Trail Access Vehicles

(Images by Keri Kirby and Brenda Priddy)

It’s that time of year when the weather in Southern AZ has cooled to the point where we Zonies can enjoy the outdoors a little more without having to set an alarm clock for 0400, or try to find an AirBnB in San Diego, or fight the traffic up I-17 or the Beeline Highway to northerly parts of the state.

I’m especially inspired now by the social media posts of Peter Corbett, Roger Naylor, Greg McGowan, and others I follow, who’ve been teasing me all summer.

Our Pleasure-Way Class B Camper Van in Prescott

We’ve already made one weekend trip this fall in our little Pleasure-Way camper van. I’ll share details as soon as I get that far down my list of articles-to-write.

But we’ve also been thinking about replacing my ancient Silverado crew-cab work truck (and/or my even-more-ancient 4Runner) with what I’ll call a “trail access vehicle.”

That is to say, we want a chariot to get us a little closer to the action than our tall and only-slightly-less-bulky-than-a-Class-A-motorhome camper van can get. It’s hard to beat traveling with your own bed, bathroom, kitchen, and portable espresso maker. But I get a little anxious on unimproved roads in a vehicle with plumbing on the underside and a tall roof above.

Yet we’d like to retain the option of throwing a foam mattress in the back and taking a nap after a hike… or spending the night out there instead of having to cut the day short and haul buns back home in the dark. Or pitch a tent and sleep on the ground. I’m too old for that.

My Silverado is a full-size truck. That would do the trick. Good room in the cab, but it takes up a lot of room when parking, and doesn’t get the best fuel economy.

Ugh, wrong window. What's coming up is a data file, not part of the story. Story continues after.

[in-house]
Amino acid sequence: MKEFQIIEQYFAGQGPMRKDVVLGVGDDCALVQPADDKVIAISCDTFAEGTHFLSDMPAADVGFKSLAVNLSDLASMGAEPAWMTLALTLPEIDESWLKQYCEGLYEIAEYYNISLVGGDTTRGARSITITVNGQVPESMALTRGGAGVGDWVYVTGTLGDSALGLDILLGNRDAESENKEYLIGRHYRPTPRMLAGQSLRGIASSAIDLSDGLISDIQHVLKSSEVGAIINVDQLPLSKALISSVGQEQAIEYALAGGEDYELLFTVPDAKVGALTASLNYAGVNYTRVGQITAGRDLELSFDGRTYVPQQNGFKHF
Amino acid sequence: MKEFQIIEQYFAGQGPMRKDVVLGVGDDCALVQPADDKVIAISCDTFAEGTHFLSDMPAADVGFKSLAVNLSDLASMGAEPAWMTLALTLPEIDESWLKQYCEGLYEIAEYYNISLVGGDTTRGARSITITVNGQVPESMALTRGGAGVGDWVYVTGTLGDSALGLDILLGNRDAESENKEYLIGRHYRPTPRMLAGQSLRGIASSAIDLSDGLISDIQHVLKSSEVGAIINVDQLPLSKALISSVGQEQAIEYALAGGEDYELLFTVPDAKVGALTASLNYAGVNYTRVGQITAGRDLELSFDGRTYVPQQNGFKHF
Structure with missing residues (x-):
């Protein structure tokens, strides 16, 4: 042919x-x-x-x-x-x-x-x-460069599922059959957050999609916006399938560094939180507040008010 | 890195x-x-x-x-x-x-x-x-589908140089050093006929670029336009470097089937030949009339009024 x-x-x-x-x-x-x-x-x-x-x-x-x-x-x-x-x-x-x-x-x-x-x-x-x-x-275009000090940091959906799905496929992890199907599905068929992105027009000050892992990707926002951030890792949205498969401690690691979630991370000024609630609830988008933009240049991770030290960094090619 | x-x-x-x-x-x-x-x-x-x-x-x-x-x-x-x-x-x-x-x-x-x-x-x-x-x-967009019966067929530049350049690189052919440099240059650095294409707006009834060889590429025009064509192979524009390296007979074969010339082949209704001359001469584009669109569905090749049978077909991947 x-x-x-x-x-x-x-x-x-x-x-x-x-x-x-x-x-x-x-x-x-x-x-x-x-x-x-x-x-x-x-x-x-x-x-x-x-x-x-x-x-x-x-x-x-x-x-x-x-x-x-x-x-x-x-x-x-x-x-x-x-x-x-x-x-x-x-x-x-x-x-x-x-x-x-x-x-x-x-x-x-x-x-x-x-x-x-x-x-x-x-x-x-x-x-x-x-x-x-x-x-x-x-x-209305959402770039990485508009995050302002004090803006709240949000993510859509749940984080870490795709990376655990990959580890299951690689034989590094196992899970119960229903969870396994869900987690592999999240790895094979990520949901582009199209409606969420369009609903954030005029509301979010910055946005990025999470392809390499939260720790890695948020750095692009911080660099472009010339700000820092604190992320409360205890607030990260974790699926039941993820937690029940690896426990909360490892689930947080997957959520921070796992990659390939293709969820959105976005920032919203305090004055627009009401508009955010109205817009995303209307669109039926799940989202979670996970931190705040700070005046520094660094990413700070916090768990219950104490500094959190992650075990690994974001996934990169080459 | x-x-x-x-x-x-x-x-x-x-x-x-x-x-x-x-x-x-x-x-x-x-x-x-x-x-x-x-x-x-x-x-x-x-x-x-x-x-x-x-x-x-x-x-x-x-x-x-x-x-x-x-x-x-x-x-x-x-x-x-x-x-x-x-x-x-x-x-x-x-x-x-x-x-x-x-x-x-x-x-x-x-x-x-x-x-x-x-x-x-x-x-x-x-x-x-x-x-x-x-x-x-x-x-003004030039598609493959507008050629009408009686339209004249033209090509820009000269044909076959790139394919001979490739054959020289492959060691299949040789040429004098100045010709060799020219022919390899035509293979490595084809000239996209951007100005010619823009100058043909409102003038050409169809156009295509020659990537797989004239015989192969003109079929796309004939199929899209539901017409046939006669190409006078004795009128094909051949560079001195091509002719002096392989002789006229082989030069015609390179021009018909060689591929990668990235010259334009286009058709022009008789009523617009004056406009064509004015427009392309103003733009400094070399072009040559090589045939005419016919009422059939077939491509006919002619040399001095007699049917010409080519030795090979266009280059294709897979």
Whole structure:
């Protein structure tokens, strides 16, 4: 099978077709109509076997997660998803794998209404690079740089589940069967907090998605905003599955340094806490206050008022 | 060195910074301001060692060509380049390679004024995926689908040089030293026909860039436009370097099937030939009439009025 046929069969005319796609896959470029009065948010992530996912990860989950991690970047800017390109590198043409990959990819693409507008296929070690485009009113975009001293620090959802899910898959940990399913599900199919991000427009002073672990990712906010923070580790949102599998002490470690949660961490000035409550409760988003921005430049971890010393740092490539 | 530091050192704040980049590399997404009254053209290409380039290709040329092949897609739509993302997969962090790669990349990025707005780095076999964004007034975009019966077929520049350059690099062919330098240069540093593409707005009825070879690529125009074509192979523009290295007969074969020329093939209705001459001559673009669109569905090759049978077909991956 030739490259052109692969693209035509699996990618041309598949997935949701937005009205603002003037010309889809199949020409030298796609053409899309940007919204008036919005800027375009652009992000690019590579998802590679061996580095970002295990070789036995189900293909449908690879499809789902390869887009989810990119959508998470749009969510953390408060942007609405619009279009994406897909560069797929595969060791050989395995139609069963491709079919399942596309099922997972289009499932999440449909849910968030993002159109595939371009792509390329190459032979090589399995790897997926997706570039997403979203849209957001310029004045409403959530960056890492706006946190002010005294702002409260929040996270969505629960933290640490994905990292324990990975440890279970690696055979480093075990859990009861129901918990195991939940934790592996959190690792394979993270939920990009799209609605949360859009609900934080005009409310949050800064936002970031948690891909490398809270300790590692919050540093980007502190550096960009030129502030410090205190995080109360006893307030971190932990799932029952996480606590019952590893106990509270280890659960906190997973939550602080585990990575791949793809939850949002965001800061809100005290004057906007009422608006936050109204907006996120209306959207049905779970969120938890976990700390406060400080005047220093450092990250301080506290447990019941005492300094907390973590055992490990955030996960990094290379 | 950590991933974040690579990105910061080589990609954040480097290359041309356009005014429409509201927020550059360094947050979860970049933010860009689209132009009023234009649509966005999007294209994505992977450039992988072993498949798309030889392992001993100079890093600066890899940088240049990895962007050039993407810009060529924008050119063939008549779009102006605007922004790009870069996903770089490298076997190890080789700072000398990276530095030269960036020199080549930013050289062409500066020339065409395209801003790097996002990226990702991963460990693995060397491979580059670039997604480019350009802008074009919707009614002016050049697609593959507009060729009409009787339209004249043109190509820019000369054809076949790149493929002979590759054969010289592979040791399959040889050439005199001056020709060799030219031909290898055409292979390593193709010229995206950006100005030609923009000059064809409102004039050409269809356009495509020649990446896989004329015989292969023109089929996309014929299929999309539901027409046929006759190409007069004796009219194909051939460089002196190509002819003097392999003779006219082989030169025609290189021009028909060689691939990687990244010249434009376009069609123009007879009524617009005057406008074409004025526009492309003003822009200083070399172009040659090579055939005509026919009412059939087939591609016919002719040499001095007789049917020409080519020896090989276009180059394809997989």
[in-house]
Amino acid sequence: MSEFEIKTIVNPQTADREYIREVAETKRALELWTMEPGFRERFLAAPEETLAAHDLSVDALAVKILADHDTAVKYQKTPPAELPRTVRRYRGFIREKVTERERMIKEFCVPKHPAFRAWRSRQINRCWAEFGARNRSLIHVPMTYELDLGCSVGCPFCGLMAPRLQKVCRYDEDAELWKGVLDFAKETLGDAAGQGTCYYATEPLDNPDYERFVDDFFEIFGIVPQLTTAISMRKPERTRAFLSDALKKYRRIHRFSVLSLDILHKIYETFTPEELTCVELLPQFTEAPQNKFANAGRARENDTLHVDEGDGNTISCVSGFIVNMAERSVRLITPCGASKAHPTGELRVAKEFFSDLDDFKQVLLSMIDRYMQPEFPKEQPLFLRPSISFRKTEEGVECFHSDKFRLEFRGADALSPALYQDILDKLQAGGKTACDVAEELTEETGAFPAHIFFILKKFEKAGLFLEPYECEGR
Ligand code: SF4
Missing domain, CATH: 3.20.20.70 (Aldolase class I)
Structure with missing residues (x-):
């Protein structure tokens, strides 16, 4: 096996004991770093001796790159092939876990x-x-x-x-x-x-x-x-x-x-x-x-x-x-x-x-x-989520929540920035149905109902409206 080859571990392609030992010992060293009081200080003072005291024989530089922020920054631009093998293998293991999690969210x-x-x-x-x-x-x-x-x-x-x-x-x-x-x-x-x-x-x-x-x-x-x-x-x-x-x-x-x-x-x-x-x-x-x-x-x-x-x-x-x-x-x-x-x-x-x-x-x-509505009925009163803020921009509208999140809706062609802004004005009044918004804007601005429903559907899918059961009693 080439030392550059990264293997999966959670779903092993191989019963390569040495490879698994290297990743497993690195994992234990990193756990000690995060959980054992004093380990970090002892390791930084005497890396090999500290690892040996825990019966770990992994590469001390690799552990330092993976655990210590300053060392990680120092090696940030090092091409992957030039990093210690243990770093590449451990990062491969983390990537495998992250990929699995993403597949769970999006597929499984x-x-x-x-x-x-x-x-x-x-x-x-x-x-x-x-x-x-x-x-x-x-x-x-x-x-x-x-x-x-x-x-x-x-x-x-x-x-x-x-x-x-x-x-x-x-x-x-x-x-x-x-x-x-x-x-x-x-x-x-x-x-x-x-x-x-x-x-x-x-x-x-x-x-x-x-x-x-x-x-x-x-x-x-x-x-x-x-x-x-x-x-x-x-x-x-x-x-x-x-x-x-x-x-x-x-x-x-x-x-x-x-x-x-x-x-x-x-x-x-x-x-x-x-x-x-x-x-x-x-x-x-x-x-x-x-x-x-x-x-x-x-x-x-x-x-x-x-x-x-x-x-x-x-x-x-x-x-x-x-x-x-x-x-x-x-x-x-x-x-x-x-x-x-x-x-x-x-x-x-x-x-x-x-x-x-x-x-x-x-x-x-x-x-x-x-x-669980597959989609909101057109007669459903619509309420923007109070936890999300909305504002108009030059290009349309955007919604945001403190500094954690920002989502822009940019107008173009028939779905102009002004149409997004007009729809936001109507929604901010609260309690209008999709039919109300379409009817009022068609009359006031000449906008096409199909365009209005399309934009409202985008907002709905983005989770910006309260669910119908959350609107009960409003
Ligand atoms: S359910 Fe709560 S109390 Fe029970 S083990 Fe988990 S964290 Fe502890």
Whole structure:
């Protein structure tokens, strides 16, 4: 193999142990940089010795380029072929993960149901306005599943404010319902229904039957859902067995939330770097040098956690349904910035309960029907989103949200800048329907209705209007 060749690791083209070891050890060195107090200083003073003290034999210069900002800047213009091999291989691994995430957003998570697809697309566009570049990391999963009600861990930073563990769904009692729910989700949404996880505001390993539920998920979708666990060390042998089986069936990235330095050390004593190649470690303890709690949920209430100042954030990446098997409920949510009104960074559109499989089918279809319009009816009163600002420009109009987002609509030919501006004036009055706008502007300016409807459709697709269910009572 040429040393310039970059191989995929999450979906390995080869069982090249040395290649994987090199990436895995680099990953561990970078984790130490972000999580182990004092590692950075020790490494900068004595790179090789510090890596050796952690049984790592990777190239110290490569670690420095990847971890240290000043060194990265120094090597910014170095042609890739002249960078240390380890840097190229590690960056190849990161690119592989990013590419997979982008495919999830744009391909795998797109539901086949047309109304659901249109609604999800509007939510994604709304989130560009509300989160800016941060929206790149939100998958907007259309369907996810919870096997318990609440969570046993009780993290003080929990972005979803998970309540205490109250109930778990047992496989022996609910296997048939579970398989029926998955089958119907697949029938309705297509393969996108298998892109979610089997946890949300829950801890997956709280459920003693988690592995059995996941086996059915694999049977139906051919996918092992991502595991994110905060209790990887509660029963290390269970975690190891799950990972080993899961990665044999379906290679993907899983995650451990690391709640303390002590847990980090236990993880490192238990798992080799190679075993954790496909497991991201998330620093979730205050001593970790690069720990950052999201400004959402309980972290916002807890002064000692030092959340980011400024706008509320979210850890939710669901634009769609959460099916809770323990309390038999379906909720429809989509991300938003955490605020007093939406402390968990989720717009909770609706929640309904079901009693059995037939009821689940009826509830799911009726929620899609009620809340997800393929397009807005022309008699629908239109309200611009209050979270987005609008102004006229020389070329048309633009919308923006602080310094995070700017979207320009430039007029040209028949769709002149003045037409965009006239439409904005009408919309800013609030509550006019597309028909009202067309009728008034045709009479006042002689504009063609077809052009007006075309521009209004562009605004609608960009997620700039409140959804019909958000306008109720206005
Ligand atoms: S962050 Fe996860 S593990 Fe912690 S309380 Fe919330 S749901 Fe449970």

Being a crew-cab, it has a bed that’s about “that much” too short for me to lay down without my feet hanging out onto the tailgate. I’ve done that, and awakened with wet feet after an otherwise pleasant night’s sleep under a gentle rain on the camper shell.

Plus, I’m starting to replace parts on the truck at a rate that makes me think twice about taking it off the beaten path. Ditto that last point on the 4Runner.

The Toyota is a great vehicle, with even more ground clearance (courtesy of a previous owner’s lift kit) than my Silverado, and fold-down back seats that yield room to stretch out…though the tailgate makes for awkward ingress and egress when bedding down.

As we consider replacement vehicles, we don’t necessarily want to do a lot of hardcore off-roading or rock crawling. We just want to get deeper into the great outdoors than the van allows, before we dismount for recreation. Interior comforts and fuel economy are considerations, however, as this ride will also be a daily driver. Light towing capability would be helpful, too, as it will double as a work vehicle.

Via good timing, we recently had an opportunity to join the folks at Southwest Lifestyle Media for their multi-manufacturer, journalist “Drive” event at the Crowne Plaza Phoenix Chandler Golf Resort in Downtown Chandler, Arizona. That area is one of my old favorites from back when I was stationed at Williams Air Force Base (now Gateway Airport and home of Arizona State University’s Poly Tech campus).

We got to drive two vehicles at the event that fit our niche: The new Kia Telluride and the new Chevrolet Traverse.